Blind trust in apps is dangerous. Dozens of apps with ties to US spy agencies have recently been pulled from the Google Play Store. Meanwhile, the trending app NewProfilePic is thought to be owned by Russian spies. So, who can we trust?
In 2021, we asked 1,022 people in the US over the age of 18 which apps, browsers, and tech brands they trusted the most as part of a nationwide survey on brand privacy. The results were depressingly predictable, proving the assumption that popularity means safety.
Facebook Messenger and Google Chrome were trusted the most for privacy, even though both are notorious for abusing user data. Facebook Messenger does not use end-to-end encryption to protect message privacy. But with fewer family and friends using encrypted apps like Signal and Telegram, crossing over could get lonely.
People also trusted Zoom, Microsoft Teams, and Google Meet to keep their virtual meetings private. This is worrying, considering that Zoom had massive security risks, which we reported reported at the height of its use during the 2020 lockdown. Again, this could be a trust-by-numbers game since people are less likely to trust lesser-used apps like RingCentral and GoToMeeting.
The same goes for browsers. 60% of people don’t trust privacy-focused browser DuckDuckGo and even more distrust Tor – which we ranked as one of the most secure browsers in 2022.
Instead, the top three most trusted browsers were Google Chrome, Microsoft Edge, and Firefox — the first two of which are managed by big tech corporations who admit to collecting users' data.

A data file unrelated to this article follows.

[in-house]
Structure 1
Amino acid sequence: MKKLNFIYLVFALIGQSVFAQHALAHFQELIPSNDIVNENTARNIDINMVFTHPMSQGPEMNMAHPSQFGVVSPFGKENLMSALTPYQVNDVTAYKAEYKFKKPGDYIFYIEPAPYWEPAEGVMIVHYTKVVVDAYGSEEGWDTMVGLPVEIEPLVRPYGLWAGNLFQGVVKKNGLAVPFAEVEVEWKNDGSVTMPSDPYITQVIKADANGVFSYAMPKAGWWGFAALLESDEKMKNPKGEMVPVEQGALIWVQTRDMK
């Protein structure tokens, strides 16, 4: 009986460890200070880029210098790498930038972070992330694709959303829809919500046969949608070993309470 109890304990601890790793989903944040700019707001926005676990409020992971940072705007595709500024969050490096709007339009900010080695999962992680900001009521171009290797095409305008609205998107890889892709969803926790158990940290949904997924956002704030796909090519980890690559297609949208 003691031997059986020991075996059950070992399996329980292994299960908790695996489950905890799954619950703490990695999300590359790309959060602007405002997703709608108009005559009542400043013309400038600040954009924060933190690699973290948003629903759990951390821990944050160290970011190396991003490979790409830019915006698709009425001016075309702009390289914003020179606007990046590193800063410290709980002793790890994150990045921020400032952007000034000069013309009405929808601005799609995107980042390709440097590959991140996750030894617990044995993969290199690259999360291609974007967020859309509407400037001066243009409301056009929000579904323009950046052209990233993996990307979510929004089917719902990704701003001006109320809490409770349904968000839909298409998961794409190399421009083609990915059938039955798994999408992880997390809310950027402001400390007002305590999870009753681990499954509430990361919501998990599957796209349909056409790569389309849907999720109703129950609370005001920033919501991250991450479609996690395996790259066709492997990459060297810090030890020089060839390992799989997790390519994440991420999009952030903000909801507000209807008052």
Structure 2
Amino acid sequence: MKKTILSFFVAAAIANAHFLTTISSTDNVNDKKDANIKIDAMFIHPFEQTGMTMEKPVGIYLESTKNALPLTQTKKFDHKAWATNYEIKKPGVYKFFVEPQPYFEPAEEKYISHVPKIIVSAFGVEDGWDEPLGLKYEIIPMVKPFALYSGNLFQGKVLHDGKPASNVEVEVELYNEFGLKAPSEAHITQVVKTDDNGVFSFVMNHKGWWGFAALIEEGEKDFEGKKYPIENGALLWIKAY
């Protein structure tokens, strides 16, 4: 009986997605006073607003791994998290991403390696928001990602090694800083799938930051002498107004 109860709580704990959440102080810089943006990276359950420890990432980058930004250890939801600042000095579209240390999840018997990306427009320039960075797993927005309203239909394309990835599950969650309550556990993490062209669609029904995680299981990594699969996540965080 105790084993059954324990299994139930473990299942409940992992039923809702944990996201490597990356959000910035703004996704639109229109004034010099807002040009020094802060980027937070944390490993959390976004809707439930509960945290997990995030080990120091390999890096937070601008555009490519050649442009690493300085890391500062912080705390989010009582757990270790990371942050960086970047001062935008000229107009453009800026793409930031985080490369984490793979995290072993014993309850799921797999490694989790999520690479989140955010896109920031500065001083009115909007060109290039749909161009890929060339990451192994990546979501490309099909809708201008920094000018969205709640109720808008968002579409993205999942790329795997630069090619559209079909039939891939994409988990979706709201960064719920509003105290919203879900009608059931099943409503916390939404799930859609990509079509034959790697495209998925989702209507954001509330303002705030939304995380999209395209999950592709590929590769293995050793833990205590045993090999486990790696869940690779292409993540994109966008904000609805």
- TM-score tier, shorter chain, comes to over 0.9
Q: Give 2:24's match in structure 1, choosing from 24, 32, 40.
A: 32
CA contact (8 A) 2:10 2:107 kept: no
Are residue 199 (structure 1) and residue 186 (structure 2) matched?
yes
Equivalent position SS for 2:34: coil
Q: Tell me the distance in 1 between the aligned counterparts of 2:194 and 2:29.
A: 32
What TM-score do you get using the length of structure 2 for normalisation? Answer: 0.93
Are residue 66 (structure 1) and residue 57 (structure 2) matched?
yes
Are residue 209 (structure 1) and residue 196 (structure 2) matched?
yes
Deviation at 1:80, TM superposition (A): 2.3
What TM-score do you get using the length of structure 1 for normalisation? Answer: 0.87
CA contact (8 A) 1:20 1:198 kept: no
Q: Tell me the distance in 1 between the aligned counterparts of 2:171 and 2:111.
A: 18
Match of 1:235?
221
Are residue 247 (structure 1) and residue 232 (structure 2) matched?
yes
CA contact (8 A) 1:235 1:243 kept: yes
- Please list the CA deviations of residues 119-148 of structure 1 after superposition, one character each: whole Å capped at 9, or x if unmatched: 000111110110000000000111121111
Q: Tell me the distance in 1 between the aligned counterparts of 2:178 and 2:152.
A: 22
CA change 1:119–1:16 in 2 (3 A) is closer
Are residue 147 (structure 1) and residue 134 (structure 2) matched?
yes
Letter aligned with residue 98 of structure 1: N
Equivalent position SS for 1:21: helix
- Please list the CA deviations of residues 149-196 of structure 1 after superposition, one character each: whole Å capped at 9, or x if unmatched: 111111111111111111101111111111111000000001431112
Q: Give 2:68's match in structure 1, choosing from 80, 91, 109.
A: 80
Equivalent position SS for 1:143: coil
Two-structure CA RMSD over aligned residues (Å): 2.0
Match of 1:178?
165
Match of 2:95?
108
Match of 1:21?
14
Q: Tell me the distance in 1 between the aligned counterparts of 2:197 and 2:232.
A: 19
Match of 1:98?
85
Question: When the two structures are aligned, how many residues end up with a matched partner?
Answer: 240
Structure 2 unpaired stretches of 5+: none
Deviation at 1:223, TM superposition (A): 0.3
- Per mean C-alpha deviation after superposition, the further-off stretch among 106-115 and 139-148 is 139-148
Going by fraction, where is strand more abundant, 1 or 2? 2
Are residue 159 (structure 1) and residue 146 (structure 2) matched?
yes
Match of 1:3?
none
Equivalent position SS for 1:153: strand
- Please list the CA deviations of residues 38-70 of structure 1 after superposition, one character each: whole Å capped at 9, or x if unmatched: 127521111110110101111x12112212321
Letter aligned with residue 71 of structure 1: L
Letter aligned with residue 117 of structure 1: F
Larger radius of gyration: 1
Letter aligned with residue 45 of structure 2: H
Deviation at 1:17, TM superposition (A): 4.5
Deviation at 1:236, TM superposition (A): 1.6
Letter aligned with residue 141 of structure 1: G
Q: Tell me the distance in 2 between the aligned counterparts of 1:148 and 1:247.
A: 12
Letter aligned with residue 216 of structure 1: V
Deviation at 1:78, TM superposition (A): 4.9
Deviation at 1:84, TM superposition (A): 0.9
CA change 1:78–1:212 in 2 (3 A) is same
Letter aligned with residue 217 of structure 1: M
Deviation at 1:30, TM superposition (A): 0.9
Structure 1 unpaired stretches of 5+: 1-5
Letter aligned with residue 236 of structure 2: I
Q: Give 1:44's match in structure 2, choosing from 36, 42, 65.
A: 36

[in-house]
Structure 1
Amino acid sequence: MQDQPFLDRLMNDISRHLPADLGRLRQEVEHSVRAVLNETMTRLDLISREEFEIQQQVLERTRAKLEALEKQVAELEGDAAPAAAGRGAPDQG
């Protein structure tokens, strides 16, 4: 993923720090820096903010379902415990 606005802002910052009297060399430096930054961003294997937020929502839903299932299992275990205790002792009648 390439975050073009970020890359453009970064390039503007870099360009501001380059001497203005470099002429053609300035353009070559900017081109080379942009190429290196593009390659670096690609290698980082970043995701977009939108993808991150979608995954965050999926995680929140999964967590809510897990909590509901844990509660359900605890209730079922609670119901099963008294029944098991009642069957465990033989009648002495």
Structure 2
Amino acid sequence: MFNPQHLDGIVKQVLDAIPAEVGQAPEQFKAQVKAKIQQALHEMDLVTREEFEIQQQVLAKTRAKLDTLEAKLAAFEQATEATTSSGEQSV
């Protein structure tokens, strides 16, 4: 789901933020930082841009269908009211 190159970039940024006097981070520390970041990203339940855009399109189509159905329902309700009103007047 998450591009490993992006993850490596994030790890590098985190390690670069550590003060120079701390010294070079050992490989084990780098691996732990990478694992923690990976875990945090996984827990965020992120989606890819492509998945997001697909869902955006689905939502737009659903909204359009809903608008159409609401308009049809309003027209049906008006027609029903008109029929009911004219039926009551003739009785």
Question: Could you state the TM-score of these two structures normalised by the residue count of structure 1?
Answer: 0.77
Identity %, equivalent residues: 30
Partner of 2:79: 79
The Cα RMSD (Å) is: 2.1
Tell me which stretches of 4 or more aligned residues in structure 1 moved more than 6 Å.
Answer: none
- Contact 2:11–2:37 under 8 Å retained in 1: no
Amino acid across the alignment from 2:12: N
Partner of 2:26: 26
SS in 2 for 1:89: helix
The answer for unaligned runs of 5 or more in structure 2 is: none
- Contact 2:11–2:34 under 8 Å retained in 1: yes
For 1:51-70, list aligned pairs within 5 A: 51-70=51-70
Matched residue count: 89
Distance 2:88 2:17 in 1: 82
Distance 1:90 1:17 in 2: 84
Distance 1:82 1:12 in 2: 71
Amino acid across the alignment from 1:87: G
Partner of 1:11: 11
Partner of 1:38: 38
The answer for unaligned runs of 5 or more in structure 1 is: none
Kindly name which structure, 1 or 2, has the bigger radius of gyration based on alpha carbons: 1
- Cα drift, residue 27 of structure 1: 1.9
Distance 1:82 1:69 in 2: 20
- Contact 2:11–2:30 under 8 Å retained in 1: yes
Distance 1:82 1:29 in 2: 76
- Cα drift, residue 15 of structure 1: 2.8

When it comes to smart speakers, over 50% of people trusted Amazon Alexa and Google Assistant to keep them the most private. This is after Amazon found itself at the center of data abuse scandals, including snooping and data leaks.
But it's not as if people don’t care about privacy. It could be that they expect more security from the device they buy rather than how they use that device. Apple, Google, and Samsung are thought of as the most private phone brands, while China-based brands like Huawei and OnePlus were hardly trusted for privacy at all. And while the iPhone and Android have excellent security, malware, viruses, and data leaks are more often caused by infected downloads and weak passwords.
We found that the same rule seems to apply when choosing a laptop. People seemed to trust laptops by Apple, HP, and Dell over those made by ASUS, Surface, and Lenovo to keep them private online. But while your device may be able to encrypt and secure what is stored on it, only a VPN can offer layers of powerful encryption to maintain your privacy, protecting your data and identity from third parties and spies.
A VPN app like NordVPN keeps you private and secure by encrypting what you do online. It works on laptops, smartphones, tablets, and PCs, and can even be downloaded as a browser extension or installed onto your home router. NordVPN is also the first of its kind to include Threat Protection. So not only can you get the world’s most powerful privacy tool, but you’re also secured against accidental malware downloads and malicious websites.